Prince Harry’s record-breaking memoir could earn him one of the world’s most prestigious music awards, Newsweek has heard, as the royal’s 15-hour-long self-narrated audiobook version of Spare qualifies him to be considered for the Grammy’s Best Audio Book, Narration & Storytelling Recording category.
Harry published his memoir on January 10 and, despite being leaked to the media beforehand, became the fastest selling non-fiction book of all time, earning him a Guinness World Record.
Alongside the global print and digital issues, the prince also released the memoir in audiobook form, recording the full 15-hour unabridged version in his own voice.
Though the book has been a commercial success, the numerous intimate revelations made within it have earned the prince criticism and, in some cases, made him a figure of mockery.
Clips from the audiobook have gone viral online, including the section in which the royal describes experiencing frostbite on his penis and how he used Princess Diana‘s favorite lip cream as a home remedy for it. Sections of the royal half singing the lyrics to Elton John’s “Your Song” and the Spice Girls’ “Wannabe” have also been widely shared.
The audiobook qualifies the prince to be considered for a prestigious Grammy, which has been awarded to a number of other high profile figures who narrated their own audiobooks, including Barack and Michelle Obama (Barack Obama has won twice), Bill and Hillary Clinton, Quincy Jones, Maya Angelou and Carrie Fisher.
Though the prince has missed the cut off date for being nominated in the 2023 awards category, he will qualify for consideration in the 2024 season.
“There is every chance that Harry will be nominated for a Grammy Award for Best Spoken Word (Best Audio Book, Narration and Storytelling Recording) next year for his audiobook reading of his memoir Spare,” royal commentator Richard Fitzwilliams told Newsweek. “It would follow in the footsteps of the Obamas and the Clintons. The book has been extremely controversial but has been a huge success worldwide for Penguin Random House.”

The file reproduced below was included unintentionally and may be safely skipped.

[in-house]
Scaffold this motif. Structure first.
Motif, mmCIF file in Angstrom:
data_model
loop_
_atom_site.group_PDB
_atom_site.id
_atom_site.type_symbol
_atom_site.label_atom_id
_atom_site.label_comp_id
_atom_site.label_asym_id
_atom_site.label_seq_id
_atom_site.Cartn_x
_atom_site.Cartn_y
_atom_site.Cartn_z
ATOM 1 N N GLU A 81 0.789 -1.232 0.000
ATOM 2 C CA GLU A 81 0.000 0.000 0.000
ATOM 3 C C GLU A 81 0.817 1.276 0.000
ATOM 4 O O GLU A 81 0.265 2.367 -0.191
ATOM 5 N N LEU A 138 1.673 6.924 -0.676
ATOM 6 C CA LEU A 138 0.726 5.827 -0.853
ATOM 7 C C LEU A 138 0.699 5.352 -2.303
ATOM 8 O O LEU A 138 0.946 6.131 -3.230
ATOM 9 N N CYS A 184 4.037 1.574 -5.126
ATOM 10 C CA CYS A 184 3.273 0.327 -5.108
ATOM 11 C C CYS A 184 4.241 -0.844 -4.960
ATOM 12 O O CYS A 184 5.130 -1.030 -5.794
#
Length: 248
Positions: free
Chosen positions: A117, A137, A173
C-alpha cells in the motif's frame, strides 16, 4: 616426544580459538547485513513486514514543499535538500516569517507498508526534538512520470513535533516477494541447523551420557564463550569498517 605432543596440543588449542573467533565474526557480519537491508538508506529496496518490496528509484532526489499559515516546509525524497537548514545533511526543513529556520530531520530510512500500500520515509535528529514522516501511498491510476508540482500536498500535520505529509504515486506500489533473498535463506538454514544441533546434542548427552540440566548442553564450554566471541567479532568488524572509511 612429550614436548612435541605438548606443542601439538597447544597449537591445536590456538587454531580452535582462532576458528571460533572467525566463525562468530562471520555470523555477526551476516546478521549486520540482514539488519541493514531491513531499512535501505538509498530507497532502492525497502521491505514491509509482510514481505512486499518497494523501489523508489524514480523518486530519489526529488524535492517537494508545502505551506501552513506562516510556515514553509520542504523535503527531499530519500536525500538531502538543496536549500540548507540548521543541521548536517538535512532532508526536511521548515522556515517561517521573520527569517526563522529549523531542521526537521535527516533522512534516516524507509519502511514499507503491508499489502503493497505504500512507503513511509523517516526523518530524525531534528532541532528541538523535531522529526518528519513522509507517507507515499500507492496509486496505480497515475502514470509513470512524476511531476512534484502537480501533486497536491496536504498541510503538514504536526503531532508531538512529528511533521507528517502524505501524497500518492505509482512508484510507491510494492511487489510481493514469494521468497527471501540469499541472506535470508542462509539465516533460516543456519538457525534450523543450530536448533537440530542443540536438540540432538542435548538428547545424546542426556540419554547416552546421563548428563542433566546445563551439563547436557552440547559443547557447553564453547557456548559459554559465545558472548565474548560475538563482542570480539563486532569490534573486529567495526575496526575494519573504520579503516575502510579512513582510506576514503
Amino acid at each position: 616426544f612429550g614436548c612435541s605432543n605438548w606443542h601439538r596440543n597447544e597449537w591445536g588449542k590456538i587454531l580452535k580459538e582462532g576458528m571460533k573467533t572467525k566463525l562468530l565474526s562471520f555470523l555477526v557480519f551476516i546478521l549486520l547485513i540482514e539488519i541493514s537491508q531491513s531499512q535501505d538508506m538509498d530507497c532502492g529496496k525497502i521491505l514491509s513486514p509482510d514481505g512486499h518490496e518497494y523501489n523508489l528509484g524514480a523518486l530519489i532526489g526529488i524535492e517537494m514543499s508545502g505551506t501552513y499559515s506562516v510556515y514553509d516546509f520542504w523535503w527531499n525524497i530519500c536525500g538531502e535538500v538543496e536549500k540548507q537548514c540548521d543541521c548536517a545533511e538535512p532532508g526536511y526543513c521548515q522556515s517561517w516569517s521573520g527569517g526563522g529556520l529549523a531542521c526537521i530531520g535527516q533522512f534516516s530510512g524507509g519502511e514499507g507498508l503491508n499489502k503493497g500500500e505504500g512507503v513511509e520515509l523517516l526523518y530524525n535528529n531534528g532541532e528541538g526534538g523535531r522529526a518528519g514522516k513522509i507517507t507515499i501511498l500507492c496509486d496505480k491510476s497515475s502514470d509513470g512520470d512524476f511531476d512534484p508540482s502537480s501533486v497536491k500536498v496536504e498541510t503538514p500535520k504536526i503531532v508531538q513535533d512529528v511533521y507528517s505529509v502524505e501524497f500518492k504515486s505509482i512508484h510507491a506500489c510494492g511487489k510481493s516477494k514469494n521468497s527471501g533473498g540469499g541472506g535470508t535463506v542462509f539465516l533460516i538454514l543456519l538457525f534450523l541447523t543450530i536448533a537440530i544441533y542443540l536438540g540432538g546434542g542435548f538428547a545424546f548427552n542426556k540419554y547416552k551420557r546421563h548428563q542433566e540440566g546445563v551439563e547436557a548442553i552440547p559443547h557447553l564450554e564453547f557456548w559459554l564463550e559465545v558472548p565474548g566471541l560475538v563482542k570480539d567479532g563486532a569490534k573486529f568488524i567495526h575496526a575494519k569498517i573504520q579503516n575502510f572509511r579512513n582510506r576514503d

“Whatever the reception was for its contents, Harry’s ghost-writer J.R. Moehringer has won praise,” he said, before going on to pick up on some of the criticism the royal has faced, which has seen his popularity drop 45 points in the U.S. alone.
“If Harry does win, from the clip I heard, it will be for his reading,” he said. “He sings a verse of Elton John’s ‘Your Song,’ his talents definitely do not lie in that direction!”
The prince’s awards appeal may lay in his unique status. Though he is not the first member of the royal family to record an audiobook (Meghan Markle narrated a version of her children’s book The Bench in 2021), nor is he the first to record an audio version of an explosive royal memoir (Sarah Ferguson did that in 1996 for her book My Story), his position as the son of the monarch fascinates listeners.
“The audiobook is not something we typically hear from an author of such a high status, and the way he uses his voice to tell his side of the story illustrates his on-going unresolved emotional pain, with no shortage of quotable soundbites that have filled the internet with many viral clips online viewed by millions!” entertainment expert and founder of MarkMeets, Mark Boardman, told Newsweek.
“He is an eloquent speaker, well expressed and effective in persuading people of what he truly feels, and comes across as an educated though sometimes damaged individual whose own accounts do not match the public’s own memories or timeline.”
“With the huge success I am positive Harry’s book spare will certainly be nominated for next year’s Grammy awards,” he continued. “The book and audiobook have surpassed expectations, and just the nomination will draw huge attention again to the royal. For those mentioned in the book, it will cause more misery and pain and re-open any rift.”
In Spare, Harry made a number of bombshell claims and accusations against royal family members, including his brother, Prince William, and stepmother, Queen Camilla.
Though of great public interest, these particular revelations have not won the prince universal praise. In a recent survey for Newsweek, it was revealed that 44 percent of Americans thought the prince was wrong to recount information from private family conversations in his book.
So far, Buckingham Palace and Kensington Palace have adopted “no comment” positions on the book and its contents.
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